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Cite this article as: BMJ, doi:10.1136/bmj.38216.868808.

7C (published 17 September 2004)


Randomised controlled trial of physiotherapy compared with advice
for low back pain
Helen Frost, Sarah E Lamb, Helen A Doll, Patricia Taffe Carver, Sarah Stewart-Brown

Objective To measure the effectiveness of routine
physiotherapy compared with an assessment session and advice
from a physiotherapist for patients with low back pain.
Design Pragmatic, multicentre, randomised controlled trial.
Setting Seven British NHS physiotherapy departments.
Participants 286 patients with low back pain of more than six
weeks’ duration.
Intervention Routine physiotherapy or advice on remaining
active from a physiotherapist. Both groups received an advice
Main outcome measures Primary outcome was scores on the
Oswestry disability index at 12 months. Secondary outcomes
were scores on the Oswestry disability index (two and six
months), scores on the Roland and Morris disability
questionnaire and SF-36 (2, 6 and 12 months), and patient
perceived benefit from treatment (2, 6, and 12 months).
Results 200 of 286 patients (70%) provided follow up
information at 12 months. Patients in the therapy group
reported enhanced perceptions of benefit, but there was no
evidence of a long term effect of physiotherapy in either disease
specific or generic outcome measures (mean difference in
change in Oswestry disability index scores at 12 months − 1.0%,
95% confidence interval − 3.7% to 1.6%). The most common
treatments were low velocity spinal joint mobilisation
techniques (72%, 104 of 144 patients) and lumbar spine
mobility and abdominal strengthening exercises (94%, 136
Conclusions Routine physiotherapy seemed to be no more
effective than one session of assessment and advice from a

Disability associated with low back pain is a major public health
problem in Western societies.1–4 Back pain is the most common
cause of physical disability in the working age population of the
United Kingdom.2 In 1998, the direct healthcare costs for back
pain in the United Kingdom were estimated at £1632m
($2932m; €2423m), with physiotherapy accounting for £251m.3
Physiotherapy is a tailored intervention that is usually focused on
physical factors, including a combination of joint mobilisation,
advice, and individual exercise programmes.5
Physiotherapists in the British NHS treat around 1.3 million
people for low back pain each year, but there is only weak
evidence for the effectiveness of routine physiotherapy and no
evidence for the effectiveness of electrotherapy, laser treatment,
ultrasound therapy, or traction.2 6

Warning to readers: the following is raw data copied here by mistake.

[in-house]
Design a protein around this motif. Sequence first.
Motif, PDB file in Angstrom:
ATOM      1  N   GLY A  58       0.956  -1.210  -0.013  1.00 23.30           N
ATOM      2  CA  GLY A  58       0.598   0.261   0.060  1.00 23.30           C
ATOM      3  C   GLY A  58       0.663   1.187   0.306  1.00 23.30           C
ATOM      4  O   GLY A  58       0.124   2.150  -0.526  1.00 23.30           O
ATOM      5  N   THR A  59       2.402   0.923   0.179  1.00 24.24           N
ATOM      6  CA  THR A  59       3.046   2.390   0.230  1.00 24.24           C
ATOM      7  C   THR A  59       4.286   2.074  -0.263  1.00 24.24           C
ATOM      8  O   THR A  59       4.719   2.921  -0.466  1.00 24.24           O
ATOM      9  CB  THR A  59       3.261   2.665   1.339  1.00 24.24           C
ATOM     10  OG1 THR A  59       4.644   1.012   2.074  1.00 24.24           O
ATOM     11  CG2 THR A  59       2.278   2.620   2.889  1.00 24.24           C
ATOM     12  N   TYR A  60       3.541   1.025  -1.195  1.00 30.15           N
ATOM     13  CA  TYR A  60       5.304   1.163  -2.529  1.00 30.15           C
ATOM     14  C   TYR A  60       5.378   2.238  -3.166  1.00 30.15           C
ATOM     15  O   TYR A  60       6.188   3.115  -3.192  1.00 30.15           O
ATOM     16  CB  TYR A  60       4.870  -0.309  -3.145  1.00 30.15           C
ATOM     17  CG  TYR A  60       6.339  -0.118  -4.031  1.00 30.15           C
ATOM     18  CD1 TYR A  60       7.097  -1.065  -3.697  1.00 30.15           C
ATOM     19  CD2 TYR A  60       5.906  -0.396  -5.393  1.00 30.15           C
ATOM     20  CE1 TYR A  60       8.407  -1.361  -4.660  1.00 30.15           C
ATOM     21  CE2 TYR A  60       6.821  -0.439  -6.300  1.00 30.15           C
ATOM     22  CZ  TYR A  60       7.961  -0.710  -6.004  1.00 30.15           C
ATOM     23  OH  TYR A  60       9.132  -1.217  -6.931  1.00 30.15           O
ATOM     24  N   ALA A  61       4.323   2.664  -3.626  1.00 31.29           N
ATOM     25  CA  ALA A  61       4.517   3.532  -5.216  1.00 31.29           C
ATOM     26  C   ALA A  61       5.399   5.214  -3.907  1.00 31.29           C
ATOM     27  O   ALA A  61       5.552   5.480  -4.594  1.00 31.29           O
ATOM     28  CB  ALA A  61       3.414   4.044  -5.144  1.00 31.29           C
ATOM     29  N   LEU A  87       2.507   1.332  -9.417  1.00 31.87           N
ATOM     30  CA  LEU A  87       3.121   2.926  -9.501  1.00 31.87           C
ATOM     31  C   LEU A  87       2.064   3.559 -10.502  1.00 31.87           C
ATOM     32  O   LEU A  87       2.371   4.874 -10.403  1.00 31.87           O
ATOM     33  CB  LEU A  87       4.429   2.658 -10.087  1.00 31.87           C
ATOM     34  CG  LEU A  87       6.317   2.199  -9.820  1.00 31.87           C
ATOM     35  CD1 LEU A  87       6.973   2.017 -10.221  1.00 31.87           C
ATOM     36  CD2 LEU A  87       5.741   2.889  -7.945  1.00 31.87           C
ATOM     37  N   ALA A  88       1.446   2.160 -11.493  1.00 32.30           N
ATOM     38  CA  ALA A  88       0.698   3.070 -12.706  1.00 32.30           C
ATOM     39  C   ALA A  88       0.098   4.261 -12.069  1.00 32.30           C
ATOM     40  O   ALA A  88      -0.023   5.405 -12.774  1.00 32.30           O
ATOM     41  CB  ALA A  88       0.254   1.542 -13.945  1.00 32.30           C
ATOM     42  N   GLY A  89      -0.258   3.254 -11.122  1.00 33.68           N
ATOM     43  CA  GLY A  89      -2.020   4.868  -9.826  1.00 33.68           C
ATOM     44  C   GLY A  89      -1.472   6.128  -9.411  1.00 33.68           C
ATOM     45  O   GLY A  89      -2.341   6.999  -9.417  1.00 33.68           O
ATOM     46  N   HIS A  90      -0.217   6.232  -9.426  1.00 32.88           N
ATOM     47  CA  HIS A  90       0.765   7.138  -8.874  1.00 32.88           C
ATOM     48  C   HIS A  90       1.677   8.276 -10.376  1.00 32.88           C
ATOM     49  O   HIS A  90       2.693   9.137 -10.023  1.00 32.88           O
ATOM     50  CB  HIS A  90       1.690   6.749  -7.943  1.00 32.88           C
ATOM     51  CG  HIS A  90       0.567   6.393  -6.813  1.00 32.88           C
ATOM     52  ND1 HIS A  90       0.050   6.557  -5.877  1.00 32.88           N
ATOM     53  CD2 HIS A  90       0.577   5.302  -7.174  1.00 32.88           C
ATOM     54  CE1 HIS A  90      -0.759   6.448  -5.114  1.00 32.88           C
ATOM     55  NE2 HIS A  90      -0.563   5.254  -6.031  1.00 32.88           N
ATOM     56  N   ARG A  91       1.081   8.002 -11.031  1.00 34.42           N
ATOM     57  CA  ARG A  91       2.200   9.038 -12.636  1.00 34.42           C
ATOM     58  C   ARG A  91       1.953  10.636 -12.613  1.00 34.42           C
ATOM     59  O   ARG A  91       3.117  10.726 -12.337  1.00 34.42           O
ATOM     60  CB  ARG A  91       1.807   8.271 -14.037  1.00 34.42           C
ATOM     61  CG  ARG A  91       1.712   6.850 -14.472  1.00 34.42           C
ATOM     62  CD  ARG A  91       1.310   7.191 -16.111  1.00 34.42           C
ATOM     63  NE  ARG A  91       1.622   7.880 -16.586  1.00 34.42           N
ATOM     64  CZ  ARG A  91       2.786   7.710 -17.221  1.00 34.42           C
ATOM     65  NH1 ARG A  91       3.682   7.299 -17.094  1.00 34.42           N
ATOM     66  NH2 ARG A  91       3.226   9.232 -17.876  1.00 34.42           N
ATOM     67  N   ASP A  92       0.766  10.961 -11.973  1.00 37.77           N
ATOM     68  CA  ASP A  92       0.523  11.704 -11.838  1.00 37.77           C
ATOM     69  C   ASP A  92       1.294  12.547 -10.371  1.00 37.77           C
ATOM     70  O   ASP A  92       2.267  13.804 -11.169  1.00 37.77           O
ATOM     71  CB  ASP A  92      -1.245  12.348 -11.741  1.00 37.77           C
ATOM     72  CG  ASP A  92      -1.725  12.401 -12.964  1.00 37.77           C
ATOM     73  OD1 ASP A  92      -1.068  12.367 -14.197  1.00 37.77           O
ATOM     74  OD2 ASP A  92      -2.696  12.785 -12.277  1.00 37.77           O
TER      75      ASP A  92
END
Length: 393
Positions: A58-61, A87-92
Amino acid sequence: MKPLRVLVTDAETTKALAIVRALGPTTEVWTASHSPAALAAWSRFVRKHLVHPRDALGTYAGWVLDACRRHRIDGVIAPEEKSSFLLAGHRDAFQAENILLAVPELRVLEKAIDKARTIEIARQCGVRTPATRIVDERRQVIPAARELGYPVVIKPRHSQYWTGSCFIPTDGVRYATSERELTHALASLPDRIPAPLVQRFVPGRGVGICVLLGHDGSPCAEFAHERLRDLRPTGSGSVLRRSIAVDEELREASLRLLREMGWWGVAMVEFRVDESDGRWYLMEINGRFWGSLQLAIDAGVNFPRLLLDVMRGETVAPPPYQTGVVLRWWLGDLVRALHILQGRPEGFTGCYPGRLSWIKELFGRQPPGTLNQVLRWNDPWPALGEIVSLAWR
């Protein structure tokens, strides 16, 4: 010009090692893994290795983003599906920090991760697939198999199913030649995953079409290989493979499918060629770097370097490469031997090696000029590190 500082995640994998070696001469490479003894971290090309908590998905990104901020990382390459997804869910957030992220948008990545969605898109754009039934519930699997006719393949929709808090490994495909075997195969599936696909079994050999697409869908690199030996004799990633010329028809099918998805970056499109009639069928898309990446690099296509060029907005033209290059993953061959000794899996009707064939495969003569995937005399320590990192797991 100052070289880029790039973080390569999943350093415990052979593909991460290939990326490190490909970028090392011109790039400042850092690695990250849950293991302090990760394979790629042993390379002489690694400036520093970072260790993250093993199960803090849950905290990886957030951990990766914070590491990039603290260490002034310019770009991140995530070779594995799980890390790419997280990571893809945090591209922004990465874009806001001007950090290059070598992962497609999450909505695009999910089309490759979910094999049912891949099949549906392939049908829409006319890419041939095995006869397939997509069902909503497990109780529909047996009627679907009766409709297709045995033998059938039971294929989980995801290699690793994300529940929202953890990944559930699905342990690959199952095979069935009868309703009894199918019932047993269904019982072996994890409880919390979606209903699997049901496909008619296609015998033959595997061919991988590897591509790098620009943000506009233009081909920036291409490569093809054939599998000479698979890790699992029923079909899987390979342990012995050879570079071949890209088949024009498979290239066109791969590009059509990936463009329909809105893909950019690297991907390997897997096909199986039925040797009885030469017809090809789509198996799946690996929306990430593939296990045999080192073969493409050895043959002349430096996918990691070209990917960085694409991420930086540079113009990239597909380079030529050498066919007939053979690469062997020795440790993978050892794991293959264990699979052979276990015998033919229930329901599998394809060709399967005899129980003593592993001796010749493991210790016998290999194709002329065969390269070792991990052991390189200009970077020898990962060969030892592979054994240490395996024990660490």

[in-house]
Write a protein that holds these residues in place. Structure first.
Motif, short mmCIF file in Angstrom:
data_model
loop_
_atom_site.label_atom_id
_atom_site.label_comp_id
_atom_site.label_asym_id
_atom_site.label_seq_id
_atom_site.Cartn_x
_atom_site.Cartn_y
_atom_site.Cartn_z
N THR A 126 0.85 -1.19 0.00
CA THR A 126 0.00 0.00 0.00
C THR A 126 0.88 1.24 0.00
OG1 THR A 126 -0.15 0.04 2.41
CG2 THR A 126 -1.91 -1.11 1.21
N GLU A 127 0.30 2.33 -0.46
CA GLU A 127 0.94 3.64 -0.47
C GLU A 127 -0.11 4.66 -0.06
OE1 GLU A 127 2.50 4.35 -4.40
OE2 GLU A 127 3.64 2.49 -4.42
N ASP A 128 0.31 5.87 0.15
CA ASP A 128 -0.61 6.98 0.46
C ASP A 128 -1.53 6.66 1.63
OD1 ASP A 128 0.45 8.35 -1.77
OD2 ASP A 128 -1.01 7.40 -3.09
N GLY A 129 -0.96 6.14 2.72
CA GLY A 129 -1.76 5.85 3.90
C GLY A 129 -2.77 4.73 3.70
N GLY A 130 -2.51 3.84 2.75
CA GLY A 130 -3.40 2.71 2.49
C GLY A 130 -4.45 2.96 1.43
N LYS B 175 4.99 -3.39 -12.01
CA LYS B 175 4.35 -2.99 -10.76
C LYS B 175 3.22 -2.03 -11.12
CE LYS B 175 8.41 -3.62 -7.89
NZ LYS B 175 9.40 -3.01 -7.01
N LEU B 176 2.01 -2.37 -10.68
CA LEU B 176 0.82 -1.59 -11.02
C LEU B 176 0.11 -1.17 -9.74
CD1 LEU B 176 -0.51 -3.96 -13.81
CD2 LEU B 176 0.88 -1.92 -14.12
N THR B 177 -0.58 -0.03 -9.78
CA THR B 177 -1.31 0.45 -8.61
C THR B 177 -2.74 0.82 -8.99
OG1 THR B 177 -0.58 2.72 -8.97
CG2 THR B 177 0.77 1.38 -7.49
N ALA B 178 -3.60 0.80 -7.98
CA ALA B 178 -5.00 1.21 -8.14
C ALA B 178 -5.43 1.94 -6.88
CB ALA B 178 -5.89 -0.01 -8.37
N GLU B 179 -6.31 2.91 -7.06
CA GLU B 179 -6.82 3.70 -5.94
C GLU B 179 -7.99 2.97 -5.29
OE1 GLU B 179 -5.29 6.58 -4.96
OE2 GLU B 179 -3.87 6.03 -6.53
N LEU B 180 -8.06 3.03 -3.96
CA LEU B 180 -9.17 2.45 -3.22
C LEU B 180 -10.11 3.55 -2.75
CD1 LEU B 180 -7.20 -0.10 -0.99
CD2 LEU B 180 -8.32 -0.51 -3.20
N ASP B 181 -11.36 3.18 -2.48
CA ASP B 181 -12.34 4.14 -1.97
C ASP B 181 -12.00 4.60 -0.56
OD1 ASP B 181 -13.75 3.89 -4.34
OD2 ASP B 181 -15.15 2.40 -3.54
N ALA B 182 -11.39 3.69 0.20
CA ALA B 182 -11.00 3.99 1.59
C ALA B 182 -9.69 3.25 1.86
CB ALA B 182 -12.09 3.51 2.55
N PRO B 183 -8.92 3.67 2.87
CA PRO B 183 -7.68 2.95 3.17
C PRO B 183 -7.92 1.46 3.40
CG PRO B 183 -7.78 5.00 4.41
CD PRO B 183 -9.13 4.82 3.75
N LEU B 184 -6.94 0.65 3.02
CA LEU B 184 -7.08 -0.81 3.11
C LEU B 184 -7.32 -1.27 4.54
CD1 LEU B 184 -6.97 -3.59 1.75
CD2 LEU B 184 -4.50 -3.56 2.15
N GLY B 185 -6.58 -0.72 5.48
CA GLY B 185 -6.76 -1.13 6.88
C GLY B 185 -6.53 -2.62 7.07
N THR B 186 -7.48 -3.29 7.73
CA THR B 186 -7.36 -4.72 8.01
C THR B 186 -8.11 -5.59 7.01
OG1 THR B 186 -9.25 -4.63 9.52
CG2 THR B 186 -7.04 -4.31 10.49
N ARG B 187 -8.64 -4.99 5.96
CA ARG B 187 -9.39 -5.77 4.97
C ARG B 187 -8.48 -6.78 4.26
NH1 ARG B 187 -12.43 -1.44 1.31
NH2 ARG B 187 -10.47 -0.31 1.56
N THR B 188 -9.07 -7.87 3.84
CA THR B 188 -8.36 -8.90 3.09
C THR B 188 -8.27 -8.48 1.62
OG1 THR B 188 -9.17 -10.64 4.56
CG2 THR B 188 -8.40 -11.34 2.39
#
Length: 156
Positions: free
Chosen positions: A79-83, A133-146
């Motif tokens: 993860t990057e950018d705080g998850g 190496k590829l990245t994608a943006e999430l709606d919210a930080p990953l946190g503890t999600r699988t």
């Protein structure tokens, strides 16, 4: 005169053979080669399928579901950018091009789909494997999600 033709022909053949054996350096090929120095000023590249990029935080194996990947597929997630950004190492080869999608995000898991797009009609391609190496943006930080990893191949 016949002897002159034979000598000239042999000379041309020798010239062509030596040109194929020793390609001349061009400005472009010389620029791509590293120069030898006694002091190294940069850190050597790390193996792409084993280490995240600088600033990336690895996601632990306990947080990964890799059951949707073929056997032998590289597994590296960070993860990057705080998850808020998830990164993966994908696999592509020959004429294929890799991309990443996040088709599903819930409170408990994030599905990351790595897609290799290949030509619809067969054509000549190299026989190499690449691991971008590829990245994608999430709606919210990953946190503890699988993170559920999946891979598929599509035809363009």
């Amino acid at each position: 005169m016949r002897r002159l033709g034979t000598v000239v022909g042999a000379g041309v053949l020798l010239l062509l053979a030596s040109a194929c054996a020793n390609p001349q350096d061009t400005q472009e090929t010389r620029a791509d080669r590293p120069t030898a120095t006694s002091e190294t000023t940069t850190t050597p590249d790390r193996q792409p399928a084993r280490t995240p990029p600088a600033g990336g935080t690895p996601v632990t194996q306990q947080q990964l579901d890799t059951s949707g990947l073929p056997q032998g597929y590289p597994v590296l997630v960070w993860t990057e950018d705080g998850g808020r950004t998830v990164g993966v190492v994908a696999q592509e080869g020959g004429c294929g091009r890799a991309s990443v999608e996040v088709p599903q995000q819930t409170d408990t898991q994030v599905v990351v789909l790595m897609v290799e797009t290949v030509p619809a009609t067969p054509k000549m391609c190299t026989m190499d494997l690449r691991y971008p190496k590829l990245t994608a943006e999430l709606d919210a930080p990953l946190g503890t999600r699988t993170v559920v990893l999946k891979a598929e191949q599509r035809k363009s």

BMJ Online First

International guidelines vary but agree on advising patients
with low back pain to remain physically active and prescribing
appropriate analgesics. They recommend exercise therapy for
patients with chronic low back pain ( > 12 weeks’ duration) and
some suggest spinal manipulation for acute or subacute low back
pain.7–9 We investigated the effectiveness of physiotherapy, as
commonly practised in the British NHS, over a year for patients
with low back pain compared with one session of assessment and
advice from a physiotherapist.

The protocol for the treatment arm allowed physiotherapists to
select from a range of manual therapy techniques and exercise
treatments. Patients were recruited from the health service
settings where they received the treatment.
Participants and eligibility
We carried out a multicentre, investigator blinded, randomised
controlled trial, with written consent from all the patients.
Participants were identified from physiotherapy referrals made
by general practitioners and consultants. They were invited to
participate from seven physiotherapy departments based in
NHS outpatient departments in Oxfordshire and Reading, Berkshire.
Research therapists in each of the centres contacted the
patients to check eligibility. The baseline assessment included red
flag screening questions to exclude the possibility of serious disease.9
Our inclusion criteria were age 18 years and over with low
back pain for at least six weeks with or without leg pain or neurological signs. We excluded patients with serious conditions,
including systemic rheumatological disease, gynaecological
problems, ankylosing spondylitis, tumours, infection, past spinal
operations, and treatment for physical problems in the past
month. We also excluded patients referred for intensive
functional restoration programmes.
Outcome measures
Our primary outcome measure was scores on the Oswestry disability index at 12 months: 0% (no disability) to 100% (totally
disabled or bed ridden).10
Our secondary outcome measures were scores on the
Oswestry disability index at two and six months and scores on
the Roland and Morris disability questionnaire at 2, 6, and 12
months.10 11 This questionnaire contains 24 items relating to a
Results for patients with valid data at each assessment are on